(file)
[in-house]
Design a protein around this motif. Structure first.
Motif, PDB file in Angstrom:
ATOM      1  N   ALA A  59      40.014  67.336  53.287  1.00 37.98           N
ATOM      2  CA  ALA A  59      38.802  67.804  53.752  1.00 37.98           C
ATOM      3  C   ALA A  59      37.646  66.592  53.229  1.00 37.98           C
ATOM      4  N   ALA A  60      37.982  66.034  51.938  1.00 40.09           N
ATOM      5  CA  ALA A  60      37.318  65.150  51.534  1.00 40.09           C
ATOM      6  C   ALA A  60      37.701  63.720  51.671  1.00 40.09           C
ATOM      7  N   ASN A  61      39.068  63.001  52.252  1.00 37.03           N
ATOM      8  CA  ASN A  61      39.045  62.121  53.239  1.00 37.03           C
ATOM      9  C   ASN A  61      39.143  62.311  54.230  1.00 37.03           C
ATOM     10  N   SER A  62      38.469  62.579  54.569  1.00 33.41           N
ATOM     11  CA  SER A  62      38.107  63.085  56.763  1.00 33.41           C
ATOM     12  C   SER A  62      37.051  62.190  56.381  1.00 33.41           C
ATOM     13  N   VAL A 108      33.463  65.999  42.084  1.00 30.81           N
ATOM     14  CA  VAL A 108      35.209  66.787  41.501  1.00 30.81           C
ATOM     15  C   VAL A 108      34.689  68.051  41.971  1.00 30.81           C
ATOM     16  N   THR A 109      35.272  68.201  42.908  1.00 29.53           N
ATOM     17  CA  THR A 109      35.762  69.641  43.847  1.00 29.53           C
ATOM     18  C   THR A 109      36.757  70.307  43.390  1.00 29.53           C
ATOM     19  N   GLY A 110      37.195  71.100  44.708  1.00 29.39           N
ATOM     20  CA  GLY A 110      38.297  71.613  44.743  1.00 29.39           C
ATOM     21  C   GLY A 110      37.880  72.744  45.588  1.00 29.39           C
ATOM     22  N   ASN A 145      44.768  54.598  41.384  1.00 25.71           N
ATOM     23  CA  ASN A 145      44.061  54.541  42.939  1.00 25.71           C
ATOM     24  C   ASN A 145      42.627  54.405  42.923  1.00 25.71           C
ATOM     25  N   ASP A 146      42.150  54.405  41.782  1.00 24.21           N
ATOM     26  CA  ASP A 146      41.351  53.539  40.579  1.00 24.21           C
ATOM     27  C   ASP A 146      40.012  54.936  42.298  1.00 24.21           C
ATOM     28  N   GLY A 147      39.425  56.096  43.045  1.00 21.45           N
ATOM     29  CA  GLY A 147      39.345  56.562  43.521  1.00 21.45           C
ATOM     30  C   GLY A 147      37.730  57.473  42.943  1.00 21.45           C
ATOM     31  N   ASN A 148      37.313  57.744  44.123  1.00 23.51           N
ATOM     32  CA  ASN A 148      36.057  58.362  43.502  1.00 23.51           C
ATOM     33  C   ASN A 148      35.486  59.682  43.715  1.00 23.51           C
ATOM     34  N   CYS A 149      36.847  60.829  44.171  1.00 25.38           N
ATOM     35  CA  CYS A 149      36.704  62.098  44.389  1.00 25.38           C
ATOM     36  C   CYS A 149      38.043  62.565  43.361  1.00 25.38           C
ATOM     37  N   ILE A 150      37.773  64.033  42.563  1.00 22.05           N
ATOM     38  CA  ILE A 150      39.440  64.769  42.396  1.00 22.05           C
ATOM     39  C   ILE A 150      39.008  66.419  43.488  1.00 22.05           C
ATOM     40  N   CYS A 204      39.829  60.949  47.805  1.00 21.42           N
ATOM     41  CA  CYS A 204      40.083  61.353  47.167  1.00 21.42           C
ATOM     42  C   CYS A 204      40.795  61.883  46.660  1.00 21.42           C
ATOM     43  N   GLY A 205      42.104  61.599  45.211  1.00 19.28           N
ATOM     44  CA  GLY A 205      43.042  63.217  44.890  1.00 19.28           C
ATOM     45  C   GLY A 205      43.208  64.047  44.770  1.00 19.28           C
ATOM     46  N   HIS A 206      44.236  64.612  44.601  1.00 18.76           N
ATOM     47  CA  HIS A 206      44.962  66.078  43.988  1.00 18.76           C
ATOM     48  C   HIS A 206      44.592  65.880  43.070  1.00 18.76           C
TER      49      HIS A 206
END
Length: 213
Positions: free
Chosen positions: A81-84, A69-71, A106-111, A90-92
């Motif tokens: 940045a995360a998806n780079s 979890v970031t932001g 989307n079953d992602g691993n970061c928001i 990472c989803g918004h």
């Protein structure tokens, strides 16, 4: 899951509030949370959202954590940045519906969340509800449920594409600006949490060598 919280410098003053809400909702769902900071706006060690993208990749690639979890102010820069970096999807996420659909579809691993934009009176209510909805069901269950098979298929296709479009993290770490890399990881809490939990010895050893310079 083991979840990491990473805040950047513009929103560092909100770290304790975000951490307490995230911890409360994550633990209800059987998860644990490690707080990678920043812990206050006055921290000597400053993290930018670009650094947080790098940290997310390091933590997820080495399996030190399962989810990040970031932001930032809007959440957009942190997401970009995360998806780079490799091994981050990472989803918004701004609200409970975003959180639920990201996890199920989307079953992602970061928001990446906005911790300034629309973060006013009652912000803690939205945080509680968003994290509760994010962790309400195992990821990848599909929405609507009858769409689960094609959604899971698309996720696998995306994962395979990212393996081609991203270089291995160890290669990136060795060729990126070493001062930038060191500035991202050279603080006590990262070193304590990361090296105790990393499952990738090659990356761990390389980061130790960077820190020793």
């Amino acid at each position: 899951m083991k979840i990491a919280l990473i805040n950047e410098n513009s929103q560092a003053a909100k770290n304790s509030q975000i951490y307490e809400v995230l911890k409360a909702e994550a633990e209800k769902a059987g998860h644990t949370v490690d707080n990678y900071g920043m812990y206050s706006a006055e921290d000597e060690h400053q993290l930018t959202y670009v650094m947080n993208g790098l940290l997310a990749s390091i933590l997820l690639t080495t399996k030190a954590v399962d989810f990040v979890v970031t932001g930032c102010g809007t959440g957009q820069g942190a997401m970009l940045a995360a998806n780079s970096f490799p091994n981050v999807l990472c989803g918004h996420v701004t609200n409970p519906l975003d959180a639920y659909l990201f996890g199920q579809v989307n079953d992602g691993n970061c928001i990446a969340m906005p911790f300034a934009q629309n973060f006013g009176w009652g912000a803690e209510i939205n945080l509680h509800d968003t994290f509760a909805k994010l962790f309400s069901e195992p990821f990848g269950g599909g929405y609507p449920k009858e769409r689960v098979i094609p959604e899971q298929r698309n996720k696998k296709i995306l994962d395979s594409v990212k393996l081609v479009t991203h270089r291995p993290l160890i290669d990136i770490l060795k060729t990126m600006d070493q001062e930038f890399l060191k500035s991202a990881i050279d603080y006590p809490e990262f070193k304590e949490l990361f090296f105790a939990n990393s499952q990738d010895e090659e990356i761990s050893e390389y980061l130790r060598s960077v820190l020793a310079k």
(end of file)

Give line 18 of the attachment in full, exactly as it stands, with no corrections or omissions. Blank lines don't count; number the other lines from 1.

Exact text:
ATOM     15  C   VAL A 108      34.689  68.051  41.971  1.00 30.81           C